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Red Blood Cell Dynamics in Couette Flow

Red Blood Cell Dynamics

When blood flows in capillary tubes of less than 300 μm diameter its viscosity is less than might be expected and the percentage of red blood cells (haematocrit) is also reduced.  These observations are well known for Pouiseille flow – i.e. flow which is driven by pressure variation along a tube.  Such mechanisms in Couette flow – i.e. flow in a small gap between a moving boundary and a stationary boundary – are just about completely unknown.  An understanding of red blood cell dynamics in these circumstances is important as this affects the design of rotary blood pump.  If a red blood cells are exposed to high shear stresses its membrane will rupture and the cell contents are lost (a process known as haemolysis).  There is evidence (as yet scientifically untested) that red cells might be excluded from such small gaps in rotary blood pumps meaning that these cells cannot be lysed, but also that the viscosity of the blood in the bearings will be lower than might be expected and the bearing forces developed by blood hydrodynamic bearings will be weaker than expected.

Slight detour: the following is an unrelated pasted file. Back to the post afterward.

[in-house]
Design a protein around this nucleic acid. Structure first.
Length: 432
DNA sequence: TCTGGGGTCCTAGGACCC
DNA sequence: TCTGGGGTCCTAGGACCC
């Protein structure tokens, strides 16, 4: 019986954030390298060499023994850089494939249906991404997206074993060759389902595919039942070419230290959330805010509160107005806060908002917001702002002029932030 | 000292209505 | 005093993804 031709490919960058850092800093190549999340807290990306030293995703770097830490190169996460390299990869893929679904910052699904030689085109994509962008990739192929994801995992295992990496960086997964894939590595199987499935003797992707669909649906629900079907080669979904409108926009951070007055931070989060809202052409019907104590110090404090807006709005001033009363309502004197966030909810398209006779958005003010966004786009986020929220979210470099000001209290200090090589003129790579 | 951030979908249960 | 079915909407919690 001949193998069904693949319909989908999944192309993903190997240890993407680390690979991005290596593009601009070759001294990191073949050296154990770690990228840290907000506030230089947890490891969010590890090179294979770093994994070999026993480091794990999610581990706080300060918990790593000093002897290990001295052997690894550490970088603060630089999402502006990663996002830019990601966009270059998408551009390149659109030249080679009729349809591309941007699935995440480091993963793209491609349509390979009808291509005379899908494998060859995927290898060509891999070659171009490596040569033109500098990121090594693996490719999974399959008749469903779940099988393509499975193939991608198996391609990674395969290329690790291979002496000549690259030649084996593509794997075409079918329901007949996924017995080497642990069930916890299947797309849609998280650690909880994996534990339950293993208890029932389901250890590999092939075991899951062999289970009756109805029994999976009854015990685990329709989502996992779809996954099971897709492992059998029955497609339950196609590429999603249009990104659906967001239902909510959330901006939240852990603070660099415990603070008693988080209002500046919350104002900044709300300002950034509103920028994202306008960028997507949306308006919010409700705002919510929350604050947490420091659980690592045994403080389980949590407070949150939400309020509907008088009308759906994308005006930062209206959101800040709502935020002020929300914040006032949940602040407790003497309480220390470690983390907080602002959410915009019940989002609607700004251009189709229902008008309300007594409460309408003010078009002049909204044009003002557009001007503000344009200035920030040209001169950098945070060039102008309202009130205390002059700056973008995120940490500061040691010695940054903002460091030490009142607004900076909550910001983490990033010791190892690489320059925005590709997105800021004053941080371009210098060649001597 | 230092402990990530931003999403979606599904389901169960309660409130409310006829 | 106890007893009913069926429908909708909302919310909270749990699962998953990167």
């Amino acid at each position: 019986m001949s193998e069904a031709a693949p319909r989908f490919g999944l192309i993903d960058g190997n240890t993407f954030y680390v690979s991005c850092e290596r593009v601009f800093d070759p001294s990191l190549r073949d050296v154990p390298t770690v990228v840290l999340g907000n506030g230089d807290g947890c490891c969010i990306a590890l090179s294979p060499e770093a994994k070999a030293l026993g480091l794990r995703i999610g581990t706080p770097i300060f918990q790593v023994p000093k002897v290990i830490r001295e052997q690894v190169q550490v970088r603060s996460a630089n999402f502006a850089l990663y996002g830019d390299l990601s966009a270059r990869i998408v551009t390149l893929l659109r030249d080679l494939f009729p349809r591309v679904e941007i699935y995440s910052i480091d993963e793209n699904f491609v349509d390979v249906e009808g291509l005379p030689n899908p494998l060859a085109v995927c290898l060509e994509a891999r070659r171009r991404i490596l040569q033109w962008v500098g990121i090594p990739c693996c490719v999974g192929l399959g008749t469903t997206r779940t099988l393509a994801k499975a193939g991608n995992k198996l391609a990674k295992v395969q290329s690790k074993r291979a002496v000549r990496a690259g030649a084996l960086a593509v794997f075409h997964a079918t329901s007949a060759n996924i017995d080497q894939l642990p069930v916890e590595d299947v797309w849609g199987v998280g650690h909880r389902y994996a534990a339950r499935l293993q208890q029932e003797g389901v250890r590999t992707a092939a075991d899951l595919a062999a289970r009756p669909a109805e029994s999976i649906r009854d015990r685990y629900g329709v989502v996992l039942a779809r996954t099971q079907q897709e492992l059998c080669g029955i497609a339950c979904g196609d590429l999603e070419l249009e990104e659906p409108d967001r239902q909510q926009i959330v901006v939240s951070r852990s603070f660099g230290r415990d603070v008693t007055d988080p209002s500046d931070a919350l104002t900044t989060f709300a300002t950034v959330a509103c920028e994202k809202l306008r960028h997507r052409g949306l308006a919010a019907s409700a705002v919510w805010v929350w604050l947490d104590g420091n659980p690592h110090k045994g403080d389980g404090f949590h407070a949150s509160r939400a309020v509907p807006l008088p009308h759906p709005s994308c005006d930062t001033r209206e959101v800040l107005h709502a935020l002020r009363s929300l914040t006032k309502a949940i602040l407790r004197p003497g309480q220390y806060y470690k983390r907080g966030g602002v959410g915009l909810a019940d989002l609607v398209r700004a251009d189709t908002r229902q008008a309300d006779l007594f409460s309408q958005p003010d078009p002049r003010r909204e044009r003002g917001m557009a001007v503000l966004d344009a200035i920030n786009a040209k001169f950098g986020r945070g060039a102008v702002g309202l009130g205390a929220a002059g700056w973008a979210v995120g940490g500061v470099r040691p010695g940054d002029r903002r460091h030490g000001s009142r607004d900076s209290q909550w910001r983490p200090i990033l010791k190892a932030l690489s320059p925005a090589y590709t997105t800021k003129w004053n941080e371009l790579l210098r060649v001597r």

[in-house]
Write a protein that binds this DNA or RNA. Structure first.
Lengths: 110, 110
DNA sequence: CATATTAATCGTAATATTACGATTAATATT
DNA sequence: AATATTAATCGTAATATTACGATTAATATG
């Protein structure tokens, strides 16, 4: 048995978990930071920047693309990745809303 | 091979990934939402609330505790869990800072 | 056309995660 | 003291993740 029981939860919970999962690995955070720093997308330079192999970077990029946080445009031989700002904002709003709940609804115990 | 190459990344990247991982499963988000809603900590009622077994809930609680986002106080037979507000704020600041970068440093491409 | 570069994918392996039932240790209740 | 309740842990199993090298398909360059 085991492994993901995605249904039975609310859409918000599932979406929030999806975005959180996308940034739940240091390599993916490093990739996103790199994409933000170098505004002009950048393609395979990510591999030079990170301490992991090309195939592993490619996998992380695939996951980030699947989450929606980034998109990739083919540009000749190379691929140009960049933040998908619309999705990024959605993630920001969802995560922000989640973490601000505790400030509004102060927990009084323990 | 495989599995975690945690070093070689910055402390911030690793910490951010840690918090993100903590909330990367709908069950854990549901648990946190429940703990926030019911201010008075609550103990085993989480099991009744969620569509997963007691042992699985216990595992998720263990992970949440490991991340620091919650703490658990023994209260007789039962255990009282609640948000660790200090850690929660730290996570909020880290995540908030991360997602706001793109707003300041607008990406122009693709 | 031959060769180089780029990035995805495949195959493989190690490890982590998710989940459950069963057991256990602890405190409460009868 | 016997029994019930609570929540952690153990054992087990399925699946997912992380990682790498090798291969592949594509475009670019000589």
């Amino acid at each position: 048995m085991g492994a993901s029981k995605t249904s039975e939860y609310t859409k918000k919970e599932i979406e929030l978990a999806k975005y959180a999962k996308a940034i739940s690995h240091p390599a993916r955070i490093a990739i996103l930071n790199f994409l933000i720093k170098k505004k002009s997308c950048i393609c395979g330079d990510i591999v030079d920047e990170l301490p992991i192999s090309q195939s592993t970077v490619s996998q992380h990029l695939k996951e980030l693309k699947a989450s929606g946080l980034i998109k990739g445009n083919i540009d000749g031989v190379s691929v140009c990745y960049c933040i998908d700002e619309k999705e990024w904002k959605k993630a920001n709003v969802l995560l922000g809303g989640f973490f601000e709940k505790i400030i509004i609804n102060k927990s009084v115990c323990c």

In this research we aim to measure the extent of red cell exclusion as a function of gap and speed experimentally, to develop a description of the mechanical forces and processes at work and then to develop guidelines for the correct configuration of Couette gaps in rotary blood pumps.  The research approaches used include laser-based diagnostics of experimental blood flow, computational models both of particlulate flow and of continuum fluid flow and analytical models of particulate flow.

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